Soho Playhouse, Soho, New York discussed on All Of It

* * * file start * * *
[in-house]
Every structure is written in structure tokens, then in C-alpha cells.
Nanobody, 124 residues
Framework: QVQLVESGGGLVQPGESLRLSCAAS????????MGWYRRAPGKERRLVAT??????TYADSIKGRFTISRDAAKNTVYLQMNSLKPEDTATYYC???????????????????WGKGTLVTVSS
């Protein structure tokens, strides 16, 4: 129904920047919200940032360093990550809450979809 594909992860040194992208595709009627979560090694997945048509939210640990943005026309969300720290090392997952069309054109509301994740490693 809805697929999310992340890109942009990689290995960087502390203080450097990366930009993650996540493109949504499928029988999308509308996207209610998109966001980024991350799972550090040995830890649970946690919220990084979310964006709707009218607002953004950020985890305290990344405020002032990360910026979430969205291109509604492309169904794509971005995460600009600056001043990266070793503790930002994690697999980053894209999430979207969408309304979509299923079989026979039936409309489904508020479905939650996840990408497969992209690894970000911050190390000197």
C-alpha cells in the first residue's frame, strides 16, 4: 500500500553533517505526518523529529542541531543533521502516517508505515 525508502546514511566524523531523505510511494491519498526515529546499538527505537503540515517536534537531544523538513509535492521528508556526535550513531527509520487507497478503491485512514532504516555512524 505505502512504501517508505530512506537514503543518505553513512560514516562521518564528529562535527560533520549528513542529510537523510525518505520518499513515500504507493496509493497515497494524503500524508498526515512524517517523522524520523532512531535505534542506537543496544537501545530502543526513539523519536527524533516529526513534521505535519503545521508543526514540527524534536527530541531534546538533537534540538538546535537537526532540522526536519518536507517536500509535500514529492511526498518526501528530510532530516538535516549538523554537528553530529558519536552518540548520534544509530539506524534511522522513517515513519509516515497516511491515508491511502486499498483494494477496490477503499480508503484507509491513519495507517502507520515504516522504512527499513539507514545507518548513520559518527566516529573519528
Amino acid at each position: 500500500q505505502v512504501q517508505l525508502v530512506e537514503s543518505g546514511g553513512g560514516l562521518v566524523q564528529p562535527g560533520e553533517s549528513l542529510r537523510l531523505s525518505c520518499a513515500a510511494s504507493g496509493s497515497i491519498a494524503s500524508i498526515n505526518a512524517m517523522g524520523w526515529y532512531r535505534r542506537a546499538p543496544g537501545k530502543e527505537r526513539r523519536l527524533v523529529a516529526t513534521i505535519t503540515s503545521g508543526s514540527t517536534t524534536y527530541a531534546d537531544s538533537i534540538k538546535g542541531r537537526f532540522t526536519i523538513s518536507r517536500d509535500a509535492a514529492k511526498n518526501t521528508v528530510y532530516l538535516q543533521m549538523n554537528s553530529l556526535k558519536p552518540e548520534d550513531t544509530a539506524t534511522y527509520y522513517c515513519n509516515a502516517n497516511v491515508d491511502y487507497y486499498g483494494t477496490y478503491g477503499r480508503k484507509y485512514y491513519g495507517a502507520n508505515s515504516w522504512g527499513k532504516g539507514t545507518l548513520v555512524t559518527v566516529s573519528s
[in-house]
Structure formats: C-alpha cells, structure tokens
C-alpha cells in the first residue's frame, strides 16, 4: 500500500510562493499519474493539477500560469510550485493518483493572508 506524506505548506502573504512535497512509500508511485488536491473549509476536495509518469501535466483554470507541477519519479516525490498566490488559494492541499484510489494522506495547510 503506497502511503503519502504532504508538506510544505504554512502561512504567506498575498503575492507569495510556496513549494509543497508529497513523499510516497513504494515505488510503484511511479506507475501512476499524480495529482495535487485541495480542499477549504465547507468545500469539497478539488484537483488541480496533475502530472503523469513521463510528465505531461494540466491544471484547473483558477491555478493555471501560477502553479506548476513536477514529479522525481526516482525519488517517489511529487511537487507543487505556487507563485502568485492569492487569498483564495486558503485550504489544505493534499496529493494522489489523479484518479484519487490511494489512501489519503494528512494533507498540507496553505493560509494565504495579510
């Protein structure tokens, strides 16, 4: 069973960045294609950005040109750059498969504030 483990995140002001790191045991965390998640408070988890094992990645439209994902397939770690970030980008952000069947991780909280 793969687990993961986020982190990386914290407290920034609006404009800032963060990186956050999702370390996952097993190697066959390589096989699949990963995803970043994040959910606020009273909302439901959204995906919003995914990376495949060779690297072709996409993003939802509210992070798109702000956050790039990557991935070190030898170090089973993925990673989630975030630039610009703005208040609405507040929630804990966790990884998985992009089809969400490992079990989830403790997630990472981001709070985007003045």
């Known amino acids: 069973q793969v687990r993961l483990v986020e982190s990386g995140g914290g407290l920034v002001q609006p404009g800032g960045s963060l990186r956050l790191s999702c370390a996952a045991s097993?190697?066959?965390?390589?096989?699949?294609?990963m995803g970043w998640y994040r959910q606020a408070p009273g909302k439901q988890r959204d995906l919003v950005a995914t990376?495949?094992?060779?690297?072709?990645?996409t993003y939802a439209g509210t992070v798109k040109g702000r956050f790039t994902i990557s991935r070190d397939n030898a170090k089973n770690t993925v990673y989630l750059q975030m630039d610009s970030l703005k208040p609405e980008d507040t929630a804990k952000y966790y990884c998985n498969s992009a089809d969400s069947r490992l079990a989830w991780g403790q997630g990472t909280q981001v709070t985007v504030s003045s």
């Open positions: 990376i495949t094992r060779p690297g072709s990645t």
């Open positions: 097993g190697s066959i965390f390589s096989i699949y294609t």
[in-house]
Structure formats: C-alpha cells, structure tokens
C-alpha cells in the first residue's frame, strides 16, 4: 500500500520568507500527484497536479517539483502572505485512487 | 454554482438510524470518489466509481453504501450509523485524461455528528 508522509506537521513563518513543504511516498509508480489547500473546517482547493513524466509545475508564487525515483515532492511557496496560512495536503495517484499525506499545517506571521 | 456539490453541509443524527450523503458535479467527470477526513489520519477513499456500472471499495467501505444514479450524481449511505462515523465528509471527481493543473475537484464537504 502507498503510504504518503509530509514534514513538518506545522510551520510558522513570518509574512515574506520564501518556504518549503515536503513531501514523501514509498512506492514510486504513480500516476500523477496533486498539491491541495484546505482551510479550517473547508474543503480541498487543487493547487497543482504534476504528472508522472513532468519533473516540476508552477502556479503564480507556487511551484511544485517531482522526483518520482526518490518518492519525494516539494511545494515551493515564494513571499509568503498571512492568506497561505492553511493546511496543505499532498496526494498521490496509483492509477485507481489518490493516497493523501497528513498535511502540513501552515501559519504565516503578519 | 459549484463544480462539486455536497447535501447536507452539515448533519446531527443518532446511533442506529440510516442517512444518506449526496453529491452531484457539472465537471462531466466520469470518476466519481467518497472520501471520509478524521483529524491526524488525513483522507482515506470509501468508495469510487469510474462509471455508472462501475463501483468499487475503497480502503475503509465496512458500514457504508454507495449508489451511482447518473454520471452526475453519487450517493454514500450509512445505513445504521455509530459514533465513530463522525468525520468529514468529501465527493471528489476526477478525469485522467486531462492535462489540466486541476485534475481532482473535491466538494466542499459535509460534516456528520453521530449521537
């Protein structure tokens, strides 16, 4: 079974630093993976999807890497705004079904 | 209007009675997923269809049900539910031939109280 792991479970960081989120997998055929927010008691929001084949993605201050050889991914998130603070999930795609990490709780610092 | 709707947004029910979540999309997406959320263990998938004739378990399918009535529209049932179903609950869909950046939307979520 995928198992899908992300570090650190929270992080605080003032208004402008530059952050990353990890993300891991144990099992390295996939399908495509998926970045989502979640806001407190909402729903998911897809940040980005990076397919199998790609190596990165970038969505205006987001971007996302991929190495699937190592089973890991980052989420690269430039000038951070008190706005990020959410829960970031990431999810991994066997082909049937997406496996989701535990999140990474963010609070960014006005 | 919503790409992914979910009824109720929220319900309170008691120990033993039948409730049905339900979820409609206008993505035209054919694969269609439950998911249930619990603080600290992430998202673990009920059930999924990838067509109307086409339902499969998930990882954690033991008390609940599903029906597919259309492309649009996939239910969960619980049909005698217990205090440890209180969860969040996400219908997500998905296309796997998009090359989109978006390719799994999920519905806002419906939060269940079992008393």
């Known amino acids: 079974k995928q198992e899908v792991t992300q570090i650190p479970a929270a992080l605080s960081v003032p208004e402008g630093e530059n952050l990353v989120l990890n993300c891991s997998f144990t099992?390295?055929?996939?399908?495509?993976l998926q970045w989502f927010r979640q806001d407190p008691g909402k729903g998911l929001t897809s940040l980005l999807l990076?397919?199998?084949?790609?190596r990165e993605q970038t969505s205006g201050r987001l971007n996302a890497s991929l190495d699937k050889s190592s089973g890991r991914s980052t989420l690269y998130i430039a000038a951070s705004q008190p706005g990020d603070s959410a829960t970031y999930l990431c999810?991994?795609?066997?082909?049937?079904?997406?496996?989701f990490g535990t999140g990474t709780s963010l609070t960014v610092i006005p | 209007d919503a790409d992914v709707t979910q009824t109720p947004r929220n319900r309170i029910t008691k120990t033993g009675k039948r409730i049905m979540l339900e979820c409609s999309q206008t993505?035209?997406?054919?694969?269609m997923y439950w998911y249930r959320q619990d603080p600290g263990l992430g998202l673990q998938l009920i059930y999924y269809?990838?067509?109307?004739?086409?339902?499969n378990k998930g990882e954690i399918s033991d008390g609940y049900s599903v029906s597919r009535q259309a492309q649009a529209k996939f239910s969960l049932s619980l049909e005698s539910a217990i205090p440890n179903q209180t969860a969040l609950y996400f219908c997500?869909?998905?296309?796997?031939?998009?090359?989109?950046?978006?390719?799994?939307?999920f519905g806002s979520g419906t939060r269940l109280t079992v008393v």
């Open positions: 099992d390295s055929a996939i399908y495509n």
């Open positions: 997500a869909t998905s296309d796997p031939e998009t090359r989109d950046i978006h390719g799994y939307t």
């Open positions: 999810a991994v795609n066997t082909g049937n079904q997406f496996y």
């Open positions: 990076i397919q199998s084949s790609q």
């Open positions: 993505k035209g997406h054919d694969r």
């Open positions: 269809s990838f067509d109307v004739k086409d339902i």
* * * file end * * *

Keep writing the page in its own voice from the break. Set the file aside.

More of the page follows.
Thank you for being you income to these shows because one of the things that I really love about this show is it here we are in SoHo and we get to see a mix of people from all over New York in this space. I thought you saw she was there. I mean, not to say that there isn't there is great programming at the so playhouse. It's incredible. I mean, you know, there's so many amazing shows there, and they are doing so many great innovative things at that theatre. And one of which I think that is attractive about this show is I mean people from Harlem or coming down to SoHo I've had people come all the way out from jersey and queens black people from all over the place, and then they are mixing with what you consider to be. You know, your your average white theatergoers am to have for instance, the part, you know, apart that you were talking about is when I go the hardest person you've ever known to have black people go Grammy. And guess who it's going to be before him because it is their experience. You know, I talked about I was like I taught my cousins the my white cousins the greatest black card game of all time. Black people yell spades. It's it's like to watch to audiences who typically experienced things and watch things differently. Black people are very vocal when they watch things, and why people are much more reserved when they watch things. So to have these two people interacting with each other. At the exact same time is just so amazing. And it gives everybody the the ability to laugh because laughter is a universal expression. And it makes us all the same. Even if for a moment, we're all being vulnerable. We're saying, hey, I'm gonna show you how I feel about something. And so when everybody gets on board with that man is a good, my guess is Bill -posedly the name of this show is the day, I became black. It runs through may six at the SoHo playhouse so you put up this list of of things that people call biracial. Yeah. I I have a biracial son falls into the superhero categories. We call it bluish can Jewish Jewish. Yes. You have another name for. Because you you make the point that like these are two cultures like if you can survive both of what these cultures have survived. You are. You have another you have another strength. So out of that list. Some one is just sort of created funny. Was there one that you were ever called or referred to that really hurt your feelings? Yeah. Zebra kid. That is the that is the the number one that one hurt the most. Because I just like didn't understand why I was being called that. And and I make a point in the show to say, I wasn't just called it by white people. I was called by black people to and let me tell you when black people are prejudice. It hurts way more because you're like really like. If anybody should understand what it's like to be looked down upon her or to be condescended. It's you, and you feel the need to do it to me it hurts way more. And so yeah, man, zebra kid is the one that hurt the most because I think it's also the most vision is humanizing, and I it just hurt. Yeah. Alive. Say some of the kids that they've taken swirl back swirls set him lying. Basketball. I guess sometimes I, but you know, like swirls like me. What? Oh, he's okay. It's kind of interesting when you take possession of something back an interesting idea and a big part of the show, and I don't wanna give anything away. 'cause I want people to go. See NBC surprised is you really get into the concept of racism social construct, right? And you prove your point in the show that this is something that has been designations made by individuals to create system. Right. And the like, I'm curious if that's where you meant to go with it. Or is that something that you sort of discovered along the way? Yeah. I think it's something that I discovered along the way. Which is you know, just the idea that like. I am somebody who. No matter who altruistic Lee wants to believe in everything is were everything's gonna be. We're all love. Everything's gonna be great. Everything's going to be beautiful. I am. You know, but pollyanna in that and wanna give everybody a benefit of the doubt in a chance and all that stuff. But that doesn't always set up with the world around me, and what is RFID kind of in place. Be it the way I'm perceived the way. Other people's viewpoints of an African American in our society is kind of perceived the idea that like I think I'm going to run around in every situation, and people are always going to give me the benefit of the doubt is naive. And so sometimes that ends up creating a little backlash as it does at the end of the show. And you can get me in trouble. Sometimes in the other thing, I also want to say is that the show is called the day became black. And it's just the understanding that there is a day that you realize you are perceived a certain way in our society, and that that's across the board. Right. I try in elaborate a little bit more at the end. But like there's a day that a woman realizes what it means to be a woman in this country the same way, I realized what it means to be black. There's some day that somebody who's gay realize when means to be gay in this country the same way, I did what it means to be black and even even a white person in this country. There's a day that they realized that they're white. And whether that is realizing there is a level of privilege that comes with that or realizing that they don't want what's associated with that. And I'm not saying that it is the exact same as what those other three women people of color and people in the community experience. But they still experience something in there. It is a universal understanding that we are all responsible for putting each other in those boxes and labeling each other all blank to this. Because you're this. I think blank like those are all things that we are all battling against and at the same time responsible for perpetuating before. I let you go. And you d wasn't very difficult themes, you show some video some video that we don't see on the news because we don't see the extended videos of certain examples of police brutality way, too, many examples at least brutality, but you do have this idea of this mirror. This idea of having people look at people who are not like them for an extended period of time. Tell tell folks about that before you go. Yes. So part of the show we at I had it in the back of a truck. It was like my man's Maria Brahma veg. And so we were taking the truck around the different areas in New York, and we would open it up. And invite people go in the back of the truck and when they walked in. There was just this mirror and everybody thought it was a mere and when they walked in front of the mirror somebody else would would walk out, and they were different person. And that they would stare into a mirror of somebody who didn't look like them in the only thing that they were allowed to say is I am you, and you are me and for one minute they shared the same space. And that's something that we will be bringing back this next month later this next month before the show because we don't ever like just look at each other and drop all of the labels that come with it. And we just stare and say, I am you, and you are me because at the end of the day, most of our experiences our human they may be specifically different. But we all have the same human emotion, human extent, fear pain loss. Love anger, all of those things. And once we drop all the pre. Conceive stuff, and we're just there with another human being we can embrace our differences and cherish our similarities much, much more. And so that's what that experience was in has been. And I mean, let me tell you from laughter to crying to miming hearts that say, I love you. I mean, it has been such a magical thing and people have just really really responded to it in a way. I can't even imagine. And it is great. It has been really really great supposedly show the day. I became black is running now at the SoHo playhouse through may six Bill. Thanks for coming to all of it. Thank you very much. And also just so, you know, we've extended we are all the way until may twenty seven th now ex lax twenty zero. Yeah. Please come out. I appreciate it. Everybody. Thank you so much for coming. And you're amazing. And this is this shows amazing. I appreciate it expansionism after the break. It's a regular Monday segment with classical music picks from w. Clemency Burton hill and something new were trying..